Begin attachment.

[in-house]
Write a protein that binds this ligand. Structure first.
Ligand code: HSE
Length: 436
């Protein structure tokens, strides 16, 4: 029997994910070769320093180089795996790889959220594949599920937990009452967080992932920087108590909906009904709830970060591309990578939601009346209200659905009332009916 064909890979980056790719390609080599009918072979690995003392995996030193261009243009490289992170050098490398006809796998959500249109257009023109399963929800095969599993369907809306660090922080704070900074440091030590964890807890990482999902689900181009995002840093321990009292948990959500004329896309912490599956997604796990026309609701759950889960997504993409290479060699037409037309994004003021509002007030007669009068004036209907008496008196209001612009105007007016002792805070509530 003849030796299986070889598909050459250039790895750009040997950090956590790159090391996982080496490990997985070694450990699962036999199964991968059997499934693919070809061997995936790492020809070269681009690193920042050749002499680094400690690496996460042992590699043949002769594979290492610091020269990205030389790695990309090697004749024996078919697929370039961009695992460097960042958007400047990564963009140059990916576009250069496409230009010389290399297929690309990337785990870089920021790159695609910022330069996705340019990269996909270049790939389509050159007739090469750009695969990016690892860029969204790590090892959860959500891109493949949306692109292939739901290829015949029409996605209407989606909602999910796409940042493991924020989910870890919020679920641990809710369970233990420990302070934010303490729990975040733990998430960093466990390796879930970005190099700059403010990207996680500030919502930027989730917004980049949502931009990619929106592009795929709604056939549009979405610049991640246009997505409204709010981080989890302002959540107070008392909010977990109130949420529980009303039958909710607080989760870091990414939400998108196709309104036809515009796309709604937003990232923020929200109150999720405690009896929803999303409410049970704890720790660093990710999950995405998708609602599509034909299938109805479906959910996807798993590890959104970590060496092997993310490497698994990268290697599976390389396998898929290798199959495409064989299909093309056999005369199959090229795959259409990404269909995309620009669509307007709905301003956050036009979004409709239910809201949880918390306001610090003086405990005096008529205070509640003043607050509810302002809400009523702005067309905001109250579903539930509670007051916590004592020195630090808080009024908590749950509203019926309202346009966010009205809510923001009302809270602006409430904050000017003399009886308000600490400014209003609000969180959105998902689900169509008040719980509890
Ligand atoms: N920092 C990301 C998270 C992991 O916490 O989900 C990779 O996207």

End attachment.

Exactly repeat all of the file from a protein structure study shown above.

[in-house]
Write a protein that binds this ligand. Structure first.
Ligand code: HSE
Length: 436
């Protein structure tokens, strides 16, 4: 029997994910070769320093180089795996790889959220594949599920937990009452967080992932920087108590909906009904709830970060591309990578939601009346209200659905009332009916 064909890979980056790719390609080599009918072979690995003392995996030193261009243009490289992170050098490398006809796998959500249109257009023109399963929800095969599993369907809306660090922080704070900074440091030590964890807890990482999902689900181009995002840093321990009292948990959500004329896309912490599956997604796990026309609701759950889960997504993409290479060699037409037309994004003021509002007030007669009068004036209907008496008196209001612009105007007016002792805070509530 003849030796299986070889598909050459250039790895750009040997950090956590790159090391996982080496490990997985070694450990699962036999199964991968059997499934693919070809061997995936790492020809070269681009690193920042050749002499680094400690690496996460042992590699043949002769594979290492610091020269990205030389790695990309090697004749024996078919697929370039961009695992460097960042958007400047990564963009140059990916576009250069496409230009010389290399297929690309990337785990870089920021790159695609910022330069996705340019990269996909270049790939389509050159007739090469750009695969990016690892860029969204790590090892959860959500891109493949949306692109292939739901290829015949029409996605209407989606909602999910796409940042493991924020989910870890919020679920641990809710369970233990420990302070934010303490729990975040733990998430960093466990390796879930970005190099700059403010990207996680500030919502930027989730917004980049949502931009990619929106592009795929709604056939549009979405610049991640246009997505409204709010981080989890302002959540107070008392909010977990109130949420529980009303039958909710607080989760870091990414939400998108196709309104036809515009796309709604937003990232923020929200109150999720405690009896929803999303409410049970704890720790660093990710999950995405998708609602599509034909299938109805479906959910996807798993590890959104970590060496092997993310490497698994990268290697599976390389396998898929290798199959495409064989299909093309056999005369199959090229795959259409990404269909995309620009669509307007709905301003956050036009979004409709239910809201949880918390306001610090003086405990005096008529205070509640003043607050509810302002809400009523702005067309905001109250579903539930509670007051916590004592020195630090808080009024908590749950509203019926309202346009966010009205809510923001009302809270602006409430904050000017003399009886308000600490400014209003609000969180959105998902689900169509008040719980509890
Ligand atoms: N920092 C990301 C998270 C992991 O916490 O989900 C990779 O996207």